I was creating a simple Rails web application and it was predicted and agreed that the traffic won’t be too high, let’s say that the maximum simultaneous access to the application will be below 50 at a time. But, things went better (or worse) that it should handle more than 100 simultaneous access at a time after a month of launching, and predictively will continue to increase in the future.
SQLite is the default database engine for Rails in the development mode, and based on my benchmark it still pretty good to use it than to put MySQL to manage the store and retrieve the data for the application in production environment. SQLite only consumes below 10% in average of time within the requests even in busiest query, while the most time consuming is the Ruby itself, also the network resolve and dispatching on web server including load balancing only consumes around 10% load time on around 100 ms response time.
When it reaches 100 access simultaneously to the application, a busiest table crashed, Rails complaining about a table not found error. I restored from the backup, but, a few moments later the table crashed again and followed by another table. I think that the table read-write high activity made the tables corrupted, and because it just can’t handle too much requests, and it won’t scale because the database itself is not designed to scale. That’s the case i’m experiencing, and i immediately start to think moving the database to a more reliable relational database. I’m considering of PostgreSQL or MySQL as the option, but i choose MySQL because the application activities is much on reading than writing to the database.
For the future anticipation, i also planned to separate the server for the database from the application itself, so when it required to be scaled on the database, it will be easier and won’t distract the application. By the way, let’s back to the main topic, that migrating database could be a painful and hard job if you don’t think it in a simple and tricky way. What you need to do is setup the remote MySQL database server, grant the access to the application server, dump the SQLite application production database, load them in MySQL, change the application database config, then restart the application.
Setup the MySQL remote server
On a newly fresh installed server, you need to install the MySQL distribution. This article will only cover the installation and setup on latest Ubuntu 14.04 or it near versions, and the first thing you need to do is to perform this command:
$ sudo apt-get update
$ sudo apt-get install mysql-server mysql-client libmysqlclient-dev
You will be prompted to enter your root password at the end of the installation step. Don’t forget to remember or take a note of it. Also, the MySQL server will be automatically started, but if you want to make sure you can run this command:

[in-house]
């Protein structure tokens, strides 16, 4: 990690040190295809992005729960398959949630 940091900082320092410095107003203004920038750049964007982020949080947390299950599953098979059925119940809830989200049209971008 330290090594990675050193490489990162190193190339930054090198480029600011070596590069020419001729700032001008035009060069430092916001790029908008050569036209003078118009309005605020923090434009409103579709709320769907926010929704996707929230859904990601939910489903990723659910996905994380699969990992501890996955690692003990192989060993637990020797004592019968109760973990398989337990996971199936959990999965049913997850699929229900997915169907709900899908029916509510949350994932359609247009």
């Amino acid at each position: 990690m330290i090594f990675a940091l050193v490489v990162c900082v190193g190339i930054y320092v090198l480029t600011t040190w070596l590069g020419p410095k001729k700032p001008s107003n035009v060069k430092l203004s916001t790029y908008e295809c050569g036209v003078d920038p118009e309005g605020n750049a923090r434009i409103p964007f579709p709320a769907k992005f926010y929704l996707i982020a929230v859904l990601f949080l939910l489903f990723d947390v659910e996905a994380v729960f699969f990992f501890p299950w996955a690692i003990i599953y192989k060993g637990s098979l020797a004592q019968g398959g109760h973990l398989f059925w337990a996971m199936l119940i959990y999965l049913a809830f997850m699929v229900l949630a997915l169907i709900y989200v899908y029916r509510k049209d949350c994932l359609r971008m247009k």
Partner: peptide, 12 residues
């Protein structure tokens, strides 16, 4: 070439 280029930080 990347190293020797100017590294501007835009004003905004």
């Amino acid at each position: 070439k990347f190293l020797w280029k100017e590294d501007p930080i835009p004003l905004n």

$ sudo service mysql restart
We need to adjust so that MySQL will be available remotely, open the config file:
$ sudo nano /etc/mysql/my.cnf
Remove or comment skip-networking config line to make the networking available, and bind your address to the server public IP Address, then reload or restart the MySQL.
$ sudo service mysql restart
Then we need to create the database for the application and grant the access to your application server. It still use root user anyway, but you can always use the different user. Issue this command, enter the password, then you need to tell MySQL to grant the access:
$ mysql -u root -p
> create database YOUR_APP_production;
> GRANT ALL ON YOUR_APP_production.* TO root@’YOUR_APP_SERVER_IP’ IDENTIFIED BY ‘YOUR_ROOT_PASSWORD’;
Now aal iz well (everything is set with Slumdog Millionaire accent), we can continue to dump the current SQLite database on the application.
Dump the current database
Actually, there’s a built-in command on SQLite to dump the record of the tables within the database to a .sql file. But, there’s a few possibilites that it will return an error on discompatibility of the SQL command or encoding. I played it save and my favorite tool to do it is the yaml_db gem.
Use the gem and also the mysql2 gem to your application by add it to your Gemfile:
Install it using bundle:
$ bundle install
Perform the command to dump the database records to db/data.yml and you will get your converted database in YAML format within the db directory.
$ rake RAILS_ENV=production db:data:dump
$ ls db/dump.yml
Load the data to MySQL
The result of the dump is already exist in db directory as you perform the ls command previously. Now, you need to change the production database config on config/database.yml to point to MySQL database we created before.
Migrate your database so it will be identical to the structure of the SQLite version, then load the dumped YAML data.
$ rake RAILS_ENV=production db:migrate
$ rake RAILS_ENV=production db:data:load
You can see the changes on the database by using ActiveRecord query within production environment of the rails console.
Restart the application
Now MySQL is taking place, you can restart the application and see the application running on the remote MySQL server.